More than 200 students from 33 universities gathered Saturday afternoon to attend HackNY‘s fall Hackathon at New York University‘s Courant Institute of Mathematical Sciences. Fourteen companies, including Meetup, Aviary and Drop.io, demoed their APIs before students settled into couches and chairs to brainstorm ideas while noshing on catered burritos.
HackNY, a non-profit dedicated to getting students involved in the city’s start-up culture, organized the hackathon, which also marks the end of NYU Startup Week, a series of panels and events hosted by the student organization Tech@NYU.
Chris Wiggins of Columbia University, Hilary Mason of bit.ly and Evan Korth of NYU founded HackNY in February and held its first hackathon in early April. Winning teams presented their hacks to a sold-out auditorium of more than 700 geeks at the New York Tech Meetup the following week.
Tonight, about a dozen ambassadors volunteered to hang out answering programming questions, including David Tisch of TechStars New York, 4Chan‘s Christopher “moot” Poole, Rich Frankel of Track.com and Michael Myers from the Examiner.com. Students hacked overnight, many fighting off sleep to code up to the deadline, fueled by caffeine, snacks and a round of ice cream served at 3am.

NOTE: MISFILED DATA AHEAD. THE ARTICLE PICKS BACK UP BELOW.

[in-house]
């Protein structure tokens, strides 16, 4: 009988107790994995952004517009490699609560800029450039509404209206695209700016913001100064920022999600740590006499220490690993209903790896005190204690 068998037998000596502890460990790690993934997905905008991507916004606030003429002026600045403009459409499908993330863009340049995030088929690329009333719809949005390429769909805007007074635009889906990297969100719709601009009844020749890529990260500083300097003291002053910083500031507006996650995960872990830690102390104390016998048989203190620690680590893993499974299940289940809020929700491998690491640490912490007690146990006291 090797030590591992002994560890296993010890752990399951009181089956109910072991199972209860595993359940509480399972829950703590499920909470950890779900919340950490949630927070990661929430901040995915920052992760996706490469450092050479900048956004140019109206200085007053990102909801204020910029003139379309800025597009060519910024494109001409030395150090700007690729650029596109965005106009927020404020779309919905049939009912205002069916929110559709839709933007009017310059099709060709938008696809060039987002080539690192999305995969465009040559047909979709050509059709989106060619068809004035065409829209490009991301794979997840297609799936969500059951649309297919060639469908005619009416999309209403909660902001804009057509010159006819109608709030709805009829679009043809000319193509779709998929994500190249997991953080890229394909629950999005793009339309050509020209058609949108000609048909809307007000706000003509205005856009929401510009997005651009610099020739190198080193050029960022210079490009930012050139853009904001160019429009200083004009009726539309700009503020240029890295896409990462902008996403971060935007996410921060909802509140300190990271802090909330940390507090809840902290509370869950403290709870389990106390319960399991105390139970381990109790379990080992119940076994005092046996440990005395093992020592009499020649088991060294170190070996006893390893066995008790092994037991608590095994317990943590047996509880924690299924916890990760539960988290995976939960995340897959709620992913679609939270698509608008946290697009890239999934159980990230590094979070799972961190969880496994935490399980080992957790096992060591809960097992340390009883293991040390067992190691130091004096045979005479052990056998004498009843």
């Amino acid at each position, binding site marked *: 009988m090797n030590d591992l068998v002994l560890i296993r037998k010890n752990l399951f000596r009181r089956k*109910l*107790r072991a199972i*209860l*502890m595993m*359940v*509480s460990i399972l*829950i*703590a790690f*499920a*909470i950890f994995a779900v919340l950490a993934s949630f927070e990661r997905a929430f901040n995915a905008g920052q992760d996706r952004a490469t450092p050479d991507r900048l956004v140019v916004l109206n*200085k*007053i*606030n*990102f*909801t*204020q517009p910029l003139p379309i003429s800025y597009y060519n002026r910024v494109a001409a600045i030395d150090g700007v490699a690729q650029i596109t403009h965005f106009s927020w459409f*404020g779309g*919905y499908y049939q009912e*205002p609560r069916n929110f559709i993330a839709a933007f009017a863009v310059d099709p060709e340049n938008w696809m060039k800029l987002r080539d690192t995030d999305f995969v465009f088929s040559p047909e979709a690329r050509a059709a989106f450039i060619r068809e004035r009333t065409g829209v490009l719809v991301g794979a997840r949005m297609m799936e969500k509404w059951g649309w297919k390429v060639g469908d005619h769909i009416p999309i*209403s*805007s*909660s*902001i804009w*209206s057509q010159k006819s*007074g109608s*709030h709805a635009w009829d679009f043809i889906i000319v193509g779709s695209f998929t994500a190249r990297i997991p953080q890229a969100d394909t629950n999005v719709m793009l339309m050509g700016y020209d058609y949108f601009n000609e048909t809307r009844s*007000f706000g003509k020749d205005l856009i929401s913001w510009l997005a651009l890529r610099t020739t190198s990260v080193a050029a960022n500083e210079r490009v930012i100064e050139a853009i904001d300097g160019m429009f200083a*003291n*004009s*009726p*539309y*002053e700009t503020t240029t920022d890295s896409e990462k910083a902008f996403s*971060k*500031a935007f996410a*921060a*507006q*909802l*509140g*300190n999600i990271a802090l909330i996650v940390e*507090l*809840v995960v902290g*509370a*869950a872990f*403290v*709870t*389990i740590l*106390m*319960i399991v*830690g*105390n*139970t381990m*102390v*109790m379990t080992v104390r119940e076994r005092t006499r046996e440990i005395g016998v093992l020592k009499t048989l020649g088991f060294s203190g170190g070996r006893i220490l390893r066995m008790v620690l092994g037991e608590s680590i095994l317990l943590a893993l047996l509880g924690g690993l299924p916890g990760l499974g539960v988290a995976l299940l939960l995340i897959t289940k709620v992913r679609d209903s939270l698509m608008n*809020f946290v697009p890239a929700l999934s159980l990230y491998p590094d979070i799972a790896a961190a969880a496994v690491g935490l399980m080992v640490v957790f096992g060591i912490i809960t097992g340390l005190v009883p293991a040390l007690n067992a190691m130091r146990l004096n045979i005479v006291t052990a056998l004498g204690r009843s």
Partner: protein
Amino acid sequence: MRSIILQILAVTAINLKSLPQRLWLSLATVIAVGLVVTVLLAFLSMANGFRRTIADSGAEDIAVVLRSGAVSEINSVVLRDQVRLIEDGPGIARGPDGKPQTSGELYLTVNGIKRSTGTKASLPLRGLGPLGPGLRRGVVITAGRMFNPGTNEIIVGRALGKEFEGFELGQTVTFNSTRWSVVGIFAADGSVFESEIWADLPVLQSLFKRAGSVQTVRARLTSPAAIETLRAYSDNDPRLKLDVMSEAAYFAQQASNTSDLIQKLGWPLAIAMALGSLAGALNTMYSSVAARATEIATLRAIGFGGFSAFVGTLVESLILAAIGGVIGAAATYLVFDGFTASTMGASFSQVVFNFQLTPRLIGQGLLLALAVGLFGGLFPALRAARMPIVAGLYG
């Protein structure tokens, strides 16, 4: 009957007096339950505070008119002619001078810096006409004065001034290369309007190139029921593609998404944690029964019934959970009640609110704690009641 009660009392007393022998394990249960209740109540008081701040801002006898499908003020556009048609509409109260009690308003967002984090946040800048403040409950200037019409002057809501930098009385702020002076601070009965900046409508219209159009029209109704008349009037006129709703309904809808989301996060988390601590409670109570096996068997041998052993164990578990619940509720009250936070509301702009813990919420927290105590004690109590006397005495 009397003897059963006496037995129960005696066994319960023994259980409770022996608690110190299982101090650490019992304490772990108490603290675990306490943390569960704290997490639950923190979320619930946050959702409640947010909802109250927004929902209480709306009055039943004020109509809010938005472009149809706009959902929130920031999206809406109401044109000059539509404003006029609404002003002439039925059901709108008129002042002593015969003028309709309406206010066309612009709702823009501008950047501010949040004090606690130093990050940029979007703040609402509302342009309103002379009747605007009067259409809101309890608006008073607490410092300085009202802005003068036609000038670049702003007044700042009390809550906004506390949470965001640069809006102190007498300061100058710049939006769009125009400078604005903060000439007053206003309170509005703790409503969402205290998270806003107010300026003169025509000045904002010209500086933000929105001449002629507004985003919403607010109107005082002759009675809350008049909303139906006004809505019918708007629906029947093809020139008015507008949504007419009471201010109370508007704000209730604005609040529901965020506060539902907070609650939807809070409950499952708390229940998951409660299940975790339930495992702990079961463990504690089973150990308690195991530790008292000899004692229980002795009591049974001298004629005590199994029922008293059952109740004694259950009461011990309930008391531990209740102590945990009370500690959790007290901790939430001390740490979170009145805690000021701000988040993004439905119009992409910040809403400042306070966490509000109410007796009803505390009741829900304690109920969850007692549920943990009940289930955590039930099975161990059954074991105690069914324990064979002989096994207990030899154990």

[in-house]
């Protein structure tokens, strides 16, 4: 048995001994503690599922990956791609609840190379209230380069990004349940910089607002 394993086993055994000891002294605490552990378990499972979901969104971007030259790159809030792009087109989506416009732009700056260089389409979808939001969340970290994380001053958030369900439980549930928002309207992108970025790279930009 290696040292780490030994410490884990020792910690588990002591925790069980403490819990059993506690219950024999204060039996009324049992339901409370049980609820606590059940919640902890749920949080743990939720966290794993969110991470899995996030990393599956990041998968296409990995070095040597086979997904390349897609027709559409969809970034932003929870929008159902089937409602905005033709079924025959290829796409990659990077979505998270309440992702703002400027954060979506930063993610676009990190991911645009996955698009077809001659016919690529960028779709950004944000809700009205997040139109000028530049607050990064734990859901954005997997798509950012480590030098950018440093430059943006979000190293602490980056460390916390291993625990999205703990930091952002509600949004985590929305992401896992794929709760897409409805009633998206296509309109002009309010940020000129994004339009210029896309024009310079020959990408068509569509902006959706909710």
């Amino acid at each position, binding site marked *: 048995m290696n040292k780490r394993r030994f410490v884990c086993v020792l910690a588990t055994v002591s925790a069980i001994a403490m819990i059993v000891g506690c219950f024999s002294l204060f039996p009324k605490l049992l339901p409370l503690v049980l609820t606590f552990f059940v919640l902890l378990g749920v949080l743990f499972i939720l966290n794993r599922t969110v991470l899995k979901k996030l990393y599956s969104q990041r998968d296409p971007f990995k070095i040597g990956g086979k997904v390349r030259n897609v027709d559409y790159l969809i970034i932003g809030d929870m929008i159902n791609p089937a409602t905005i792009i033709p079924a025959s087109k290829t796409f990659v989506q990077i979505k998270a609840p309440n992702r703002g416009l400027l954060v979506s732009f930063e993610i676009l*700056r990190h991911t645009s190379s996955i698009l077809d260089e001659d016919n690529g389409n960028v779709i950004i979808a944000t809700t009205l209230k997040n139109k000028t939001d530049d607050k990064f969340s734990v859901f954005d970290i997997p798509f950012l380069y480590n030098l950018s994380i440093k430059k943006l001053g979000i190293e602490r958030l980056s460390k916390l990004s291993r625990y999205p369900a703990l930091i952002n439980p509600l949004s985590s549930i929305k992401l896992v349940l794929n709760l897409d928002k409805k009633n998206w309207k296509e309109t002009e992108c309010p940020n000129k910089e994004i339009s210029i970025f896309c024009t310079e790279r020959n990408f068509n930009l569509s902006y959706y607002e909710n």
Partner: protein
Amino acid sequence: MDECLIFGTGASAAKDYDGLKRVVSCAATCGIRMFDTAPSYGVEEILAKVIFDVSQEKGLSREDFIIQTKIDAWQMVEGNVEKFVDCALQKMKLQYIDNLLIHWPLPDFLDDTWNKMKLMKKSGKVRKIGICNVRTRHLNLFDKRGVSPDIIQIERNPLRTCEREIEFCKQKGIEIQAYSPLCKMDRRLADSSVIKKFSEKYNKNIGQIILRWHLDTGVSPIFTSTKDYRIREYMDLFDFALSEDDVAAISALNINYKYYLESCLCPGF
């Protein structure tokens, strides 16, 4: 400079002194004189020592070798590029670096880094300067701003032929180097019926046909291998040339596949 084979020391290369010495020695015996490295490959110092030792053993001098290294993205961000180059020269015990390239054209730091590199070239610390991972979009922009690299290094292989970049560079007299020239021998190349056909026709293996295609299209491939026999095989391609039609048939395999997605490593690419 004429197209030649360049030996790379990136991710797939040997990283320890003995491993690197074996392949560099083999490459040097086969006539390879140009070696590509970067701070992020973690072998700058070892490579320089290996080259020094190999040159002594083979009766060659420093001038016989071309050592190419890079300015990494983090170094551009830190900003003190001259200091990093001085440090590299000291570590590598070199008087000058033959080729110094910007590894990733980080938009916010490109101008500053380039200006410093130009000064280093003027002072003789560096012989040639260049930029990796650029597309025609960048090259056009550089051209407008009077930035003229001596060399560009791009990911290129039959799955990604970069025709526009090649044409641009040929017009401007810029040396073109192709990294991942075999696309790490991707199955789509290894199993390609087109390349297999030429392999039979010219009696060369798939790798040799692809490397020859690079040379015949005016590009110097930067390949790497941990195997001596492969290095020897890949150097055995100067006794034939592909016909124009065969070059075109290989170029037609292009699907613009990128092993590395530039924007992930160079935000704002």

The main criteria for judging is awesomeness, Korth said. “The one thing judges don’t care about is whether or not a hack is commercializable.”
Here are a few projects that look interesting so far.
Interactive Phone Game
Paul Kernfeld, Justin Ardini and David Trejo from Brown University are building an interactive game many people can play using their phone keypads. Players dial into the game using Twilio and control tanks on a large screen by pressing appropriate numbers, essentially using their phones as video game controllers. The game is inspired by the classic Scorched Earth for DOS and allows more people to play simultaneously than would be possible with a normal game console.
Hunch Group Recommendations
From Columbia University, Kui Tang, Zhehao Mao, Tanay Jaiburia, Sid Nair, Cecilia Schudel and Moses Nakamura are building a recommendation engine for groups using Hunch’s API as a solution to the tedious question of “where should we all eat tonight?” The hack assembles the tastes of each group member, balancing them out to recommend something everyone can agree on. The group plans to place more weight on dislikes than likes to avoid suggesting anything a group member might loathe.
Twilio Alarm Clock
Ian Jablonowski from Rutgers is building an alarm clock that catches you up on what you missed while you were sleeping. Built using Twilio, Twitter and as many services as Jablonowski can incorporate before deadline, the alarm clock calls you in the morning to tell you what’s happening, what’s in the news, and what events you might be interested in that day.
Tal Safran and Max Stoller of NYU are using Foursquare to log check-in data for NYU buildings. They aim to learn who the university’s main community members are and who is the mayor of NYU as a whole. The team’s hack will track which buildings log the most check-ins and offer badges unique to NYU. The idea is to have any organization be able to find their own community by identifying venues and assigning them to the community.
Check out more photos from the hackathon here.